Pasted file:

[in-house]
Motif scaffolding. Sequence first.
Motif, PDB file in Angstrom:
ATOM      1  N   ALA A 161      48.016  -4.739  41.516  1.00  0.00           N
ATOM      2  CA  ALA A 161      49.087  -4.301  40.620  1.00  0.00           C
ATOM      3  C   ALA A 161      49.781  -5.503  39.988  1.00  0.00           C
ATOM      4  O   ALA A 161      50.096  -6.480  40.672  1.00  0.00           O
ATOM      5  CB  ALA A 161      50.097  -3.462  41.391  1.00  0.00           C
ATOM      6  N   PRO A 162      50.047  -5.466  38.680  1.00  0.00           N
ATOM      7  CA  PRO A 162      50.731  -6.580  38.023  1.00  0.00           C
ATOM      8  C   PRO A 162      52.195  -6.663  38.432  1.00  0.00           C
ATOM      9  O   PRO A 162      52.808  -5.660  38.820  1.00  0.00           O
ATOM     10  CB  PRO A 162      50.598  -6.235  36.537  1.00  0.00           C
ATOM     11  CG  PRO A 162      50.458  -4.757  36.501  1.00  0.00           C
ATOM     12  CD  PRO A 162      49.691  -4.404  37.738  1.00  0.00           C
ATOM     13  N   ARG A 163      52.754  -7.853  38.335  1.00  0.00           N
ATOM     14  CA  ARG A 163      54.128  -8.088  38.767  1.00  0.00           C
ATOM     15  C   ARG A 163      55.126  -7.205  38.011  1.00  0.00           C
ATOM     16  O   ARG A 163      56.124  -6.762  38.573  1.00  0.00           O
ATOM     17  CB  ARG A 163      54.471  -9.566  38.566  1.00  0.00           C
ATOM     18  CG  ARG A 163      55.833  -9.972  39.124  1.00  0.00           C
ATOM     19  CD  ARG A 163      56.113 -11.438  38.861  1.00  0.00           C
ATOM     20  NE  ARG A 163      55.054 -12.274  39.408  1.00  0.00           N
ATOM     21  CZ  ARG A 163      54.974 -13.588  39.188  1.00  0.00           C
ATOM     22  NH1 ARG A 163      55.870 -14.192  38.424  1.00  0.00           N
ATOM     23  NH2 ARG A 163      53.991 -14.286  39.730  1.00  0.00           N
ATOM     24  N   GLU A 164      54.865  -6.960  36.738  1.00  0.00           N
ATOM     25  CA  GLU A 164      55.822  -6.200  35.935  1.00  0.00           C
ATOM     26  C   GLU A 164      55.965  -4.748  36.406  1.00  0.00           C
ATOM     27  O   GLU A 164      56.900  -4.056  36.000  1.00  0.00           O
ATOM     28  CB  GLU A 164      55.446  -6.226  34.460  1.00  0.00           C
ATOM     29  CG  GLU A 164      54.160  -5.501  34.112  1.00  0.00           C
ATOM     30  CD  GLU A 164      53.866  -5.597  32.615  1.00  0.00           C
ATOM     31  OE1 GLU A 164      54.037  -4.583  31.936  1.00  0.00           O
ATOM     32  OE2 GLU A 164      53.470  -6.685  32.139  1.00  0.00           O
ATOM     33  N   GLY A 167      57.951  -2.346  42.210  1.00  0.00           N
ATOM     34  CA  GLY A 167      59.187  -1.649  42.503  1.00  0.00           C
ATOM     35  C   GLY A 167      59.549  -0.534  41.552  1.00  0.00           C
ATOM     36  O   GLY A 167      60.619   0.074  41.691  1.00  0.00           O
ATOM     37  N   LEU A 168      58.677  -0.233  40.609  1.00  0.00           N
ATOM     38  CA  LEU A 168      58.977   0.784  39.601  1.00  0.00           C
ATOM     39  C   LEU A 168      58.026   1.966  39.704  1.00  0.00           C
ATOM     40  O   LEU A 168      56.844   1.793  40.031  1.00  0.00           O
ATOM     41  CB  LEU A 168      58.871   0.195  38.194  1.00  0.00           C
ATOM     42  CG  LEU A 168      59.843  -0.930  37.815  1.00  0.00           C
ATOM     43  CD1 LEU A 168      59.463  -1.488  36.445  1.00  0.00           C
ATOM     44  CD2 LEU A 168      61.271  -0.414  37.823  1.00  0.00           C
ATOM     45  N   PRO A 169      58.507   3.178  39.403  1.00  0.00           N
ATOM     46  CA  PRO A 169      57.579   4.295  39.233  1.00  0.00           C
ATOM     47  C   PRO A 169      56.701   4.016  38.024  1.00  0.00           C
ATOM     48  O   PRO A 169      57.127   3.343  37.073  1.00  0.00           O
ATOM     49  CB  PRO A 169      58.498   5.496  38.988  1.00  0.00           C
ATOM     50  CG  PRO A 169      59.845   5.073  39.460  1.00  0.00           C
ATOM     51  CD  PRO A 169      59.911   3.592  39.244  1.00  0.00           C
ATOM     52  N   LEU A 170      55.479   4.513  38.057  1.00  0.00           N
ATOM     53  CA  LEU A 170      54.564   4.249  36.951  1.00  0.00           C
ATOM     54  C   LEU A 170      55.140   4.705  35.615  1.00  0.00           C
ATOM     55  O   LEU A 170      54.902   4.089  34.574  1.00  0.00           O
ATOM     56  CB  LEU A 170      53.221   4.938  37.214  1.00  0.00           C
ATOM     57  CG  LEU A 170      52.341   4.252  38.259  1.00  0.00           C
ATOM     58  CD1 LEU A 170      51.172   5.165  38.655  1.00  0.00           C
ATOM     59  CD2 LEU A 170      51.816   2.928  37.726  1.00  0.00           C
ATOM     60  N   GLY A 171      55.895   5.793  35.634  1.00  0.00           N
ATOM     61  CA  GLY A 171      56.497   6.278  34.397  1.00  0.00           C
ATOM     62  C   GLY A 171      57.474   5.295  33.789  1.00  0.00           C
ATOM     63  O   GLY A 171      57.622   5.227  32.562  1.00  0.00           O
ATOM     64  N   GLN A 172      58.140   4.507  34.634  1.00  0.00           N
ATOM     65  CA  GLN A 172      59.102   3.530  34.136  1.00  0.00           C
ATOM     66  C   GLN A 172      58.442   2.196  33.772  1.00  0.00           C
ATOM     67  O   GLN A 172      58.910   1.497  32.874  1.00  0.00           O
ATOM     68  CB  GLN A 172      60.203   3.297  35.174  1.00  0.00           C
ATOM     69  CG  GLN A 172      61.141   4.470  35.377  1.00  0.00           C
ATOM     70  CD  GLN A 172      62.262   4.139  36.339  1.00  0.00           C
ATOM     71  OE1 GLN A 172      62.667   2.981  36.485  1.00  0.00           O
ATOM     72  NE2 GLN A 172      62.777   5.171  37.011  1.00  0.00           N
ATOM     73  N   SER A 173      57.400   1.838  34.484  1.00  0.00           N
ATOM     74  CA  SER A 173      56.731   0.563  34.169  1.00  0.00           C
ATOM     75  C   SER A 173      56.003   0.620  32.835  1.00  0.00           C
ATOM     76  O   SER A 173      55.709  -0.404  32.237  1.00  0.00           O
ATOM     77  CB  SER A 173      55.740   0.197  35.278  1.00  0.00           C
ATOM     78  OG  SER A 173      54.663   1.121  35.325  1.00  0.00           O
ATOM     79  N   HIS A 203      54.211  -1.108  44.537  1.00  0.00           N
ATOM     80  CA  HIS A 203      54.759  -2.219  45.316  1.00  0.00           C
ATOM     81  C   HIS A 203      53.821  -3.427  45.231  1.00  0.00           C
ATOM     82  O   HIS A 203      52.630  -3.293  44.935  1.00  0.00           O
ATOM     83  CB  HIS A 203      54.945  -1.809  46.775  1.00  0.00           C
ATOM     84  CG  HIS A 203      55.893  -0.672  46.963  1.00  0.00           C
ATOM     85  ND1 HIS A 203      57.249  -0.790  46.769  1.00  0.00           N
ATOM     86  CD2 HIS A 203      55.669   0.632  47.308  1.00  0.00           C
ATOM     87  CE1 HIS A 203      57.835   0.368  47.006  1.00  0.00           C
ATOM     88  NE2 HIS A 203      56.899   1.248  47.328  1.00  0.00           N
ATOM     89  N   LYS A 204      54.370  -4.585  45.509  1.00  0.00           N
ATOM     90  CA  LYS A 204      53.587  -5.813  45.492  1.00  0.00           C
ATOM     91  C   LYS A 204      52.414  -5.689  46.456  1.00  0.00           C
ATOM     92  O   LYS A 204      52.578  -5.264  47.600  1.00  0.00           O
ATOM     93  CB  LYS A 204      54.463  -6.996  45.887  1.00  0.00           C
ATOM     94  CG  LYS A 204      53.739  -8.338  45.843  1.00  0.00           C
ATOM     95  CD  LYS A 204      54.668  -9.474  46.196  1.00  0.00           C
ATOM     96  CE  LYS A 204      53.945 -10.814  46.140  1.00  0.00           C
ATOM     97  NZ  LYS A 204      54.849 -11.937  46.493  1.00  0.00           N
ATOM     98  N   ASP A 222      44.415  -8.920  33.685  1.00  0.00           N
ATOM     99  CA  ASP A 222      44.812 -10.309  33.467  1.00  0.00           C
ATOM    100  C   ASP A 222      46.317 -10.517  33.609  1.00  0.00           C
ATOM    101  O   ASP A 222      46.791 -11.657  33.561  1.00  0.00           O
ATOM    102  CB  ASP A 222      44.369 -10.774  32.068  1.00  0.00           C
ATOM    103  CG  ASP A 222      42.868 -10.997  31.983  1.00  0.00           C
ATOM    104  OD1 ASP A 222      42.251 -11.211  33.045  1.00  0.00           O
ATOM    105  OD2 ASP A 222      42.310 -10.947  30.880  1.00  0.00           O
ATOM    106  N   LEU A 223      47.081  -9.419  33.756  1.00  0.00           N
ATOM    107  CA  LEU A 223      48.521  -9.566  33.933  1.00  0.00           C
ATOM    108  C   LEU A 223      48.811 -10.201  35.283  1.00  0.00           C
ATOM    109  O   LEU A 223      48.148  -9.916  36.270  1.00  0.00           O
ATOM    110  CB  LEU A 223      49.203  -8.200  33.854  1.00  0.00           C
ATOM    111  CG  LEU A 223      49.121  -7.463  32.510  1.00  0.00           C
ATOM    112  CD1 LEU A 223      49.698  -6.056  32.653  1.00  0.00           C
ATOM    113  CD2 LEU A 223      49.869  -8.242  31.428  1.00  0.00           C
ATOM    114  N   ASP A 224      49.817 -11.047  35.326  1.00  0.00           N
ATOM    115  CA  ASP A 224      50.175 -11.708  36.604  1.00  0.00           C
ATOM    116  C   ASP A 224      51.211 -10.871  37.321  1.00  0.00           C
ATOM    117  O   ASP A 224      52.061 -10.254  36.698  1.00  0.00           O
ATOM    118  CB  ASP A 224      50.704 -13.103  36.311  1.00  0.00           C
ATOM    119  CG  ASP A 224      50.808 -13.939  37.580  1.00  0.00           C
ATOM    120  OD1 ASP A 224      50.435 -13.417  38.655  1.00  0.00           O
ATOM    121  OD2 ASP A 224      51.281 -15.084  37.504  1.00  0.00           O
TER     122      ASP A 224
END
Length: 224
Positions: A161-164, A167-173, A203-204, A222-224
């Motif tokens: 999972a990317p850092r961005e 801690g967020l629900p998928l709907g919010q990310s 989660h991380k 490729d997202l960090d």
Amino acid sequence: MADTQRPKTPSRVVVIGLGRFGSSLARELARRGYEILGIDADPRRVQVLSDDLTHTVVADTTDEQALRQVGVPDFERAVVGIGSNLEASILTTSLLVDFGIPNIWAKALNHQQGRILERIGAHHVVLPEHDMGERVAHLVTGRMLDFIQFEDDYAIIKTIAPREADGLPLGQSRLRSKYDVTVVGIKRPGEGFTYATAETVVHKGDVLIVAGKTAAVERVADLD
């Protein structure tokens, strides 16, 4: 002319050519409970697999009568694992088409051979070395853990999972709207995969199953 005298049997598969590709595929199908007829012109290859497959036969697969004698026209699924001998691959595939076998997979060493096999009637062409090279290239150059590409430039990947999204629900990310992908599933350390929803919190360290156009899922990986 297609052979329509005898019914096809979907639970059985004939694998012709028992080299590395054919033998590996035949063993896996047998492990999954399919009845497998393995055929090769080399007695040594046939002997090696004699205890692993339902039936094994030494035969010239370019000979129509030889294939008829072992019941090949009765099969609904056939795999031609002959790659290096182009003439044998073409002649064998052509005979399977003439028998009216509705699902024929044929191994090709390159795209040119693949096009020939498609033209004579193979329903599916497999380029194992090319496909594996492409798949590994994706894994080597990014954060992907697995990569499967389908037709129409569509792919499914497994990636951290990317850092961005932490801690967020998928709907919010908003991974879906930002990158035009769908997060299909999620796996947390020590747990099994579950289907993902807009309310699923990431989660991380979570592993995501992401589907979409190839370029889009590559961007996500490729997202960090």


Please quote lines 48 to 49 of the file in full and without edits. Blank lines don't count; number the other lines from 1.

ATOM     45  N   PRO A 169      58.507   3.178  39.403  1.00  0.00           N
ATOM     46  CA  PRO A 169      57.579   4.295  39.233  1.00  0.00           C